Dear Thoughtful Pastor: My question: I have been an active member of the United Methodist church for years. I know that the discipline is supposedly BIBLICALLY BASED but the recent appointment in Arizona of an openly lesbian to a Bishop position is TOTALLY CONTRARY TO WHAT I KNOW THAT THE BIBLE TEACHES! I am considering re-thinking my position of belonging to the United Methodist Church. I even looked up the difference in the United Methodist and Methodist church hoping that the decision was made for the regular Methodist church and NOT THE UNITED METHODIST CHURCH. But,that WAS NOT THE CASE. This took place in a United Methodist Church in Arizona.
Readers: you will have to wade through some confusing terminology here to understand both the question and the answer.
One: The “discipline” the questioner refers to is The Book of Discipline of the United Methodist Church, the UMC’s rule book which guides the functioning of this 12,500,000 world-wide member denomination. The book is a long, confusing, contradictory in places, many-times amended document, similar to the US tax code.
Two: There are other Methodist groups, but none nearly as large as The United Methodist Church.
Three: The General Conference (GC), meeting every four years, is the one place that changes to the Book of Discipline can be made. The GC met in May, 2016. I served as a reporter for that Conference and learned first-hand the nightmarishly difficult process of making changes, similar to getting the US Congress to actually pass helpful legislation.
Four: The Judicial Council (see below) functions in The United Methodist Church in a similar manner to the Supreme Court in the US. The Judicial Council rules on the validity of various decisions made by the UMC. It is not uncommon for the Judicial Council to strike down major legislation passed by the General Conference.
Five: The most hotly debated parts of the Discipline concern language about human sexuality. These debates threatened to completely shut down this past General Conference. The UMC was at the brink of dissolution when a motion was passed to refer all legislation connected to sexuality to a committee to be appointed by the Bishops. The committee with brings their findings and recommendations to a specially called General Conference. While the decision to refer kept the UMC intact, it also left a great deal unresolved and heightened tension.
Six: “Jurisdictions” refer to groupings of US states where Bishops are elected and appointed to serve in various Conferences, smaller groupings within the larger Jurisdictions.
So, as the questioner notes, this summer a married lesbian pastor, the Rev. Karen Oliveto, was elected to serve as a Bishop. The election took place in Arizona as delegates, both lay and clergy, from the Western Jurisdiction gathered for that task. After her election, she was appointed to serve the Mountain Sky Area, which includes both Rocky Mountain and Yellowstone Annual Conferences. As of September 1, 2016, Rev. Oliveto stepped into her new role as Bishop over Montana, Wyoming, Utah and Colorado plus one county in Idaho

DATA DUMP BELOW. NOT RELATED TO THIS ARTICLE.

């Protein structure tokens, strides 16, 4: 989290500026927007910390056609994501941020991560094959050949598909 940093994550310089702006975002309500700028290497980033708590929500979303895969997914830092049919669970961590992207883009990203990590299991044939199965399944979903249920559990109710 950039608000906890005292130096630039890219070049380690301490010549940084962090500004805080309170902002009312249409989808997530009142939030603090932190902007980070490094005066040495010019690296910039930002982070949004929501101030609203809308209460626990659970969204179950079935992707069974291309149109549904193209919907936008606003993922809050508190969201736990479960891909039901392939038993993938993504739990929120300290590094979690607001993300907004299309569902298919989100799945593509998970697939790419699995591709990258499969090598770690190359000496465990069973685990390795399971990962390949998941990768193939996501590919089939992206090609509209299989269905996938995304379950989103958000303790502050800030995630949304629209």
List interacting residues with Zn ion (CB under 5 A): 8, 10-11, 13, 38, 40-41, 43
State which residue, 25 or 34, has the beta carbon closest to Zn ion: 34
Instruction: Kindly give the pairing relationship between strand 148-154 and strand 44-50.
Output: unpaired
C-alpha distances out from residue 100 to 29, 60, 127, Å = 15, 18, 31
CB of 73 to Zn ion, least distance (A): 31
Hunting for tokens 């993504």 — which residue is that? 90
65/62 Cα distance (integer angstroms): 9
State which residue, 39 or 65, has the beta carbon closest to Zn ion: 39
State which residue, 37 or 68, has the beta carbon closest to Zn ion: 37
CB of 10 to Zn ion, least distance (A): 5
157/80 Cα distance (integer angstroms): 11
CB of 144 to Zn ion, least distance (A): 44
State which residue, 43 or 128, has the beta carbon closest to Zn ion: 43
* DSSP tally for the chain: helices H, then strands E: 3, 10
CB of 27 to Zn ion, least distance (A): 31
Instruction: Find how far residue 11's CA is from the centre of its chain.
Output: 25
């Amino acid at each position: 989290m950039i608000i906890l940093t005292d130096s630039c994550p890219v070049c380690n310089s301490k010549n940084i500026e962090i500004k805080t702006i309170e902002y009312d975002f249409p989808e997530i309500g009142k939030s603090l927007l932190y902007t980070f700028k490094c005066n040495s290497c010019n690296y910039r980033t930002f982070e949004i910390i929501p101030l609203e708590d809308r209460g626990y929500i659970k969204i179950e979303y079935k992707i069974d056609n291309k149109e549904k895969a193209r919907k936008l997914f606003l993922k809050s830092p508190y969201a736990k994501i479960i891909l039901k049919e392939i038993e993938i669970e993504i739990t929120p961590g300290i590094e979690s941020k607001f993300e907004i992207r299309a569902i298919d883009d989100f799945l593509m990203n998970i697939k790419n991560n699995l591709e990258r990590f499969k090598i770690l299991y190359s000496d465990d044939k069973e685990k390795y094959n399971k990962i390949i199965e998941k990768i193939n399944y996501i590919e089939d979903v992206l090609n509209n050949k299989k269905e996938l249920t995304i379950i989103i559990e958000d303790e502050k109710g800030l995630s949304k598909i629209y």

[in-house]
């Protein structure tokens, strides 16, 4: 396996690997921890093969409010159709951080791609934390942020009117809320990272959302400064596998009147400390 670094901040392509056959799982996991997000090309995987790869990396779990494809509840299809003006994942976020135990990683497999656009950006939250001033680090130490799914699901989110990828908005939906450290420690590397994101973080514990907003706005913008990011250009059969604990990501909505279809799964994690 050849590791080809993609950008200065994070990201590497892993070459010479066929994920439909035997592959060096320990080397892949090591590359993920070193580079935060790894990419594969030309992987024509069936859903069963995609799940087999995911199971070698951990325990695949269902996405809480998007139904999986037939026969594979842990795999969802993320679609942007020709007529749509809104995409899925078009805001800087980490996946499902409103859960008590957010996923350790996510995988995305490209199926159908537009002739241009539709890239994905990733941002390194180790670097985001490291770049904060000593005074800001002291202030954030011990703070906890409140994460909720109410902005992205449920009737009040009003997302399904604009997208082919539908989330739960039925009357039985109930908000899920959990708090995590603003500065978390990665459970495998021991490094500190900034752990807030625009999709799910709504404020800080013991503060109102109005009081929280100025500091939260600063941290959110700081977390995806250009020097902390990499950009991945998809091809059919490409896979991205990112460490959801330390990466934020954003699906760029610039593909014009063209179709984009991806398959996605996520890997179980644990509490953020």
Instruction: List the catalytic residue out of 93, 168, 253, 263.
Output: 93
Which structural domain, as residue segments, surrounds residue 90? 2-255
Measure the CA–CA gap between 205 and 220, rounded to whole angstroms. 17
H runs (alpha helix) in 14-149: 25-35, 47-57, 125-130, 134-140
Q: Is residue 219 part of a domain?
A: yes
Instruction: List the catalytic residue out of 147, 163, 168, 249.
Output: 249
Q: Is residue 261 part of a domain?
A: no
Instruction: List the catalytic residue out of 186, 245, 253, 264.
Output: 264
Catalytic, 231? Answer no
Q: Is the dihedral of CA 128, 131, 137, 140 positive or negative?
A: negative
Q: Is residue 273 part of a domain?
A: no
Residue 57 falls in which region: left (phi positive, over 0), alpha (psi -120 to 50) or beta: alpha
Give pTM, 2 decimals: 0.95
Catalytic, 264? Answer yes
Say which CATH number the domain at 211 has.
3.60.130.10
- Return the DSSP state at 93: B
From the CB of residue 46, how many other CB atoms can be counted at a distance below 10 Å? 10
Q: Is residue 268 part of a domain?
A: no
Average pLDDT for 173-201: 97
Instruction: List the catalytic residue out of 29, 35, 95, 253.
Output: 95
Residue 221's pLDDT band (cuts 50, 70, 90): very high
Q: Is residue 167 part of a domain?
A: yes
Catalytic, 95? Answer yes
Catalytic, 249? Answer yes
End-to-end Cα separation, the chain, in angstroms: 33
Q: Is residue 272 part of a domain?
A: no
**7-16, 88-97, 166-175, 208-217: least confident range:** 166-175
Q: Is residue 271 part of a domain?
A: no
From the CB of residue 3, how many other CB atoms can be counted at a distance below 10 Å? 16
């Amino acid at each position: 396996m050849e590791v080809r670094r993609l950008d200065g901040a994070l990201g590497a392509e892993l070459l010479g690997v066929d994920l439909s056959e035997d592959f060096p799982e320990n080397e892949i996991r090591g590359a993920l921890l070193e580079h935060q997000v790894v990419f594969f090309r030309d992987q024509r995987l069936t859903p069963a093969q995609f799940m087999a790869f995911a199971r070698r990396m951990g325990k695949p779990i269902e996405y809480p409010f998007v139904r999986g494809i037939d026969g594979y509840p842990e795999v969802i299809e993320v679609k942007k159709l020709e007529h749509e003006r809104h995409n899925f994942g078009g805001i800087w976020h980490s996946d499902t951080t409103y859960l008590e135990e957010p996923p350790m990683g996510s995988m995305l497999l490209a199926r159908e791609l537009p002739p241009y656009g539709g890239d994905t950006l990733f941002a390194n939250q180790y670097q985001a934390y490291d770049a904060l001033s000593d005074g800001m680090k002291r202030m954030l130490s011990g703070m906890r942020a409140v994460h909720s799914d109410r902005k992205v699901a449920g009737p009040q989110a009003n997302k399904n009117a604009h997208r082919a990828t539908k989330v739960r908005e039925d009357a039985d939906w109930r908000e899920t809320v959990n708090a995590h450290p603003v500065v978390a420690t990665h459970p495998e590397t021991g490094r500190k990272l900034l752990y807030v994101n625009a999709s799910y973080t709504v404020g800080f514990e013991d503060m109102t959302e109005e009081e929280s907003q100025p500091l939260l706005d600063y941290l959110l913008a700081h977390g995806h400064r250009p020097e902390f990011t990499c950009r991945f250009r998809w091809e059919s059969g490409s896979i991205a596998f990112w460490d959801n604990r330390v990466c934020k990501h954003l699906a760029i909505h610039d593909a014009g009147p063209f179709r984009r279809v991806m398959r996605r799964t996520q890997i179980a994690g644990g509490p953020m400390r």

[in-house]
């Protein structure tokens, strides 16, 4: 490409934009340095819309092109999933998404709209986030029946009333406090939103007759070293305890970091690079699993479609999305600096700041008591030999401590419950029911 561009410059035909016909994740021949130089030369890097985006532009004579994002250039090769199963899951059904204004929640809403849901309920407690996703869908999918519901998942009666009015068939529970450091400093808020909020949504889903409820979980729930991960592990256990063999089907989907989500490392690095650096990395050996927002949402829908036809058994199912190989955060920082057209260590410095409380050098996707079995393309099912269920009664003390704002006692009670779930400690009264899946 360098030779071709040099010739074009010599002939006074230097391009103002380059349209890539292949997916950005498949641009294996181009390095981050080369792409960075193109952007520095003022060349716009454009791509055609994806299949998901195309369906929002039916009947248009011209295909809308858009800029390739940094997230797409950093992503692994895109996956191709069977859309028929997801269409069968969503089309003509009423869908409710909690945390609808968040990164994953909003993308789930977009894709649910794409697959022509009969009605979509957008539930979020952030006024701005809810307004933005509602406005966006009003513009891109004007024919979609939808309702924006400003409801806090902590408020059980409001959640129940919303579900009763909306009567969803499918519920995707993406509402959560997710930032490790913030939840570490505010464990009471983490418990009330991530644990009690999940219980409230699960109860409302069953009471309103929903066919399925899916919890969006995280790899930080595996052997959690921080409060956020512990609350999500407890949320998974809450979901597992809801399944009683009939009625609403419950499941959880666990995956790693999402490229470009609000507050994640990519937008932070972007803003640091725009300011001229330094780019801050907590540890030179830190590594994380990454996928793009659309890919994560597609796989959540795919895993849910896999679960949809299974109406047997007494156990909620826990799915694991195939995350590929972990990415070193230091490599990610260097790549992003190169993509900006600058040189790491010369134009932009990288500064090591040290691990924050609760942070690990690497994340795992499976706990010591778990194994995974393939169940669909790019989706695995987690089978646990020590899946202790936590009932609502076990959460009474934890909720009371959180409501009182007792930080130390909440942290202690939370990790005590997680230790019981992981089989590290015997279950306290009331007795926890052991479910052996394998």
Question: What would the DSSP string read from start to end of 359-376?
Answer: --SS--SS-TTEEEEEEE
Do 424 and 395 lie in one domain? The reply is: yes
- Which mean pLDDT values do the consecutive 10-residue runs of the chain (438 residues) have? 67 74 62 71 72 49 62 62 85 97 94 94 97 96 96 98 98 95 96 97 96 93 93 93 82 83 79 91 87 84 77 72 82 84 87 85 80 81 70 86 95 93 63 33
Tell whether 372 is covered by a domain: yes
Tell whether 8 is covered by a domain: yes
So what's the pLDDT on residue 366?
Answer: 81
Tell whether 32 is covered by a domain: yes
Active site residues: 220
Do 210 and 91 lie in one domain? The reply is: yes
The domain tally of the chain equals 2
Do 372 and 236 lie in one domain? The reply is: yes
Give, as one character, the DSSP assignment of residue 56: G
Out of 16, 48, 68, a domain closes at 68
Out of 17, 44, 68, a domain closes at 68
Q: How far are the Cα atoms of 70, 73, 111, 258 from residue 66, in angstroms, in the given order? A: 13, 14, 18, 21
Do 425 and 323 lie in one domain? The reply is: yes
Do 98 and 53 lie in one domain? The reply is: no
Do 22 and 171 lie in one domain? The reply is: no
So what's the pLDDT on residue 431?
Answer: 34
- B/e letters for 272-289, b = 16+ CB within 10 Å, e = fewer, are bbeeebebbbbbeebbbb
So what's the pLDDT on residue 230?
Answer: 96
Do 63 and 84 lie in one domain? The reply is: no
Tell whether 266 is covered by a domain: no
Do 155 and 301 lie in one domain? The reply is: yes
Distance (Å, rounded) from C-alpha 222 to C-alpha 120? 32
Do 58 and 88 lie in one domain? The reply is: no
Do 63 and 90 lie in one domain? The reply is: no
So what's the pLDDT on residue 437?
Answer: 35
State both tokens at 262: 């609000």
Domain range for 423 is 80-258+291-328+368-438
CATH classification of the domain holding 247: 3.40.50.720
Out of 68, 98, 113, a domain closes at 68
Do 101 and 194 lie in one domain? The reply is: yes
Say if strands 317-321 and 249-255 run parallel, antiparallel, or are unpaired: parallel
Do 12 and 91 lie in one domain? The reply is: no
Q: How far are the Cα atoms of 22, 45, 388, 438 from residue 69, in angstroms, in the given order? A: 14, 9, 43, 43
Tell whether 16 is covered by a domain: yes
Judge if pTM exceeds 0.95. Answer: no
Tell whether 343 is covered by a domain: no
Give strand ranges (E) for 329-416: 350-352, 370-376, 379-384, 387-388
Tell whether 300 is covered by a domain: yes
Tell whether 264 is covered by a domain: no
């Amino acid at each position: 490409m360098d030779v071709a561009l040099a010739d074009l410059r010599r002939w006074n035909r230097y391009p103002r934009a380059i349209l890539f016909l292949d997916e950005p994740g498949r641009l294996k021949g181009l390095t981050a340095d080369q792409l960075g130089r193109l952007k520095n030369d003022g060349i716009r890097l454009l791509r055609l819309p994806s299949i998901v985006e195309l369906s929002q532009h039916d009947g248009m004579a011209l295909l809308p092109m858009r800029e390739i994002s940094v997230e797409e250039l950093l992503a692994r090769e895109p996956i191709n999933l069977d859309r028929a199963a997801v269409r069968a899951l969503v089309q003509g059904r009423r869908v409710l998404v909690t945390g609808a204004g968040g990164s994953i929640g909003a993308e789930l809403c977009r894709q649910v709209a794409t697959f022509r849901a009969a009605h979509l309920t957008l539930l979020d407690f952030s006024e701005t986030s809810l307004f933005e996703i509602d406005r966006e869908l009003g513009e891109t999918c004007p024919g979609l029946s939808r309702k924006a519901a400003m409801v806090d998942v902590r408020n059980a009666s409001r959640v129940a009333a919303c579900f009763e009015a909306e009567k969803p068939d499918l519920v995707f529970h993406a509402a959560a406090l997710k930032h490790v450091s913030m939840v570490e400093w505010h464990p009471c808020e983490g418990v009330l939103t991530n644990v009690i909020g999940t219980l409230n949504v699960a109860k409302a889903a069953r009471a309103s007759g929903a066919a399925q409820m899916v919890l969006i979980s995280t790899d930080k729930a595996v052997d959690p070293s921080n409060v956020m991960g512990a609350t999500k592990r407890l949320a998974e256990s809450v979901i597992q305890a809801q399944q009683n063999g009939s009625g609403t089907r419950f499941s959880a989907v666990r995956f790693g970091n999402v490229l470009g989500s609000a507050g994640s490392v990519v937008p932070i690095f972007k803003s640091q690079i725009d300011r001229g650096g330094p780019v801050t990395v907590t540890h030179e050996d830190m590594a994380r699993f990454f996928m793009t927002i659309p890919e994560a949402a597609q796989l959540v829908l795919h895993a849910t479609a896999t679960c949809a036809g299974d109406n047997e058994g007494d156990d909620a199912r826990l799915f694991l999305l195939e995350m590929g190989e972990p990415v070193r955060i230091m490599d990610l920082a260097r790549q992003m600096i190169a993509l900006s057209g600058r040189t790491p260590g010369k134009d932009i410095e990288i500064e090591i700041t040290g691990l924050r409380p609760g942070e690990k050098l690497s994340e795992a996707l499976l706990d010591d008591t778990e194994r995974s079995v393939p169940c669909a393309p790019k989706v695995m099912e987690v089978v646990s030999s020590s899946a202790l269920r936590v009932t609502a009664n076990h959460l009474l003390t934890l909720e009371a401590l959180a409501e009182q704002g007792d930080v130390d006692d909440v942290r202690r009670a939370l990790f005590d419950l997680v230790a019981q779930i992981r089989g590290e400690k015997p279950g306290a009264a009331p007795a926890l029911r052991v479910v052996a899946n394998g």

So, now what? That’s what this question poses for the questioners, for many in the UMC, and for many other Christians who find themselves troubled by the increasingly complex issues surrounding the Bible and the nature of human sexuality.
Unquestionably, parts of the Bible appear to condemn any same-sex intimacy. Do an Internet search for “clobber passages” The verses condemning and punishing homosexual activity will pop up instantly.
Unfortunately, other verses also indicate support of slavery, promote genocide, encourage polygamy, suggest that the sun revolves around the earth, and insist women should be silent in church gatherings.
Biblical interpreters address and resolve most of the challenging passages by recognizing their unique cultural settings. Nonetheless, there are religious groups today who believe those verses accurately describe God’s plan for humanity and the nature of the universe.
That pretty well sums up the many passionate discussions and arguments over the human sexuality issue: while a significant number of US Christian scholars think that the “clobber passages” do not describe loving, same-sex couples of today, another significant group, especially those in African churches, believe exactly the opposite.
The UMC stands at a complex crossroads. If it splits over this, it won’t be the first split. It also split over slavery. In a gross over-simplification, the southern church supported it, the northern church did not. SMU, Southern Methodist University, has its roots in that split.
All Christians, including the United Methodist who wrote me, must decide how to interpret the Bible today. This process will not end, ever. We can, however, show respect and generosity to different opinions and decisions.
[Note: a version of this column is scheduled to run in the Sept 2, 2016, edition of the Denton Record Chronicle. The Thoughtful Pastor, AKA Christy Thomas, welcomes all questions for the column. Although the questioner will not be identified, I do need a name and verifiable contact information in case the newspaper editor has need of it. Please email questions to: email@example.com.]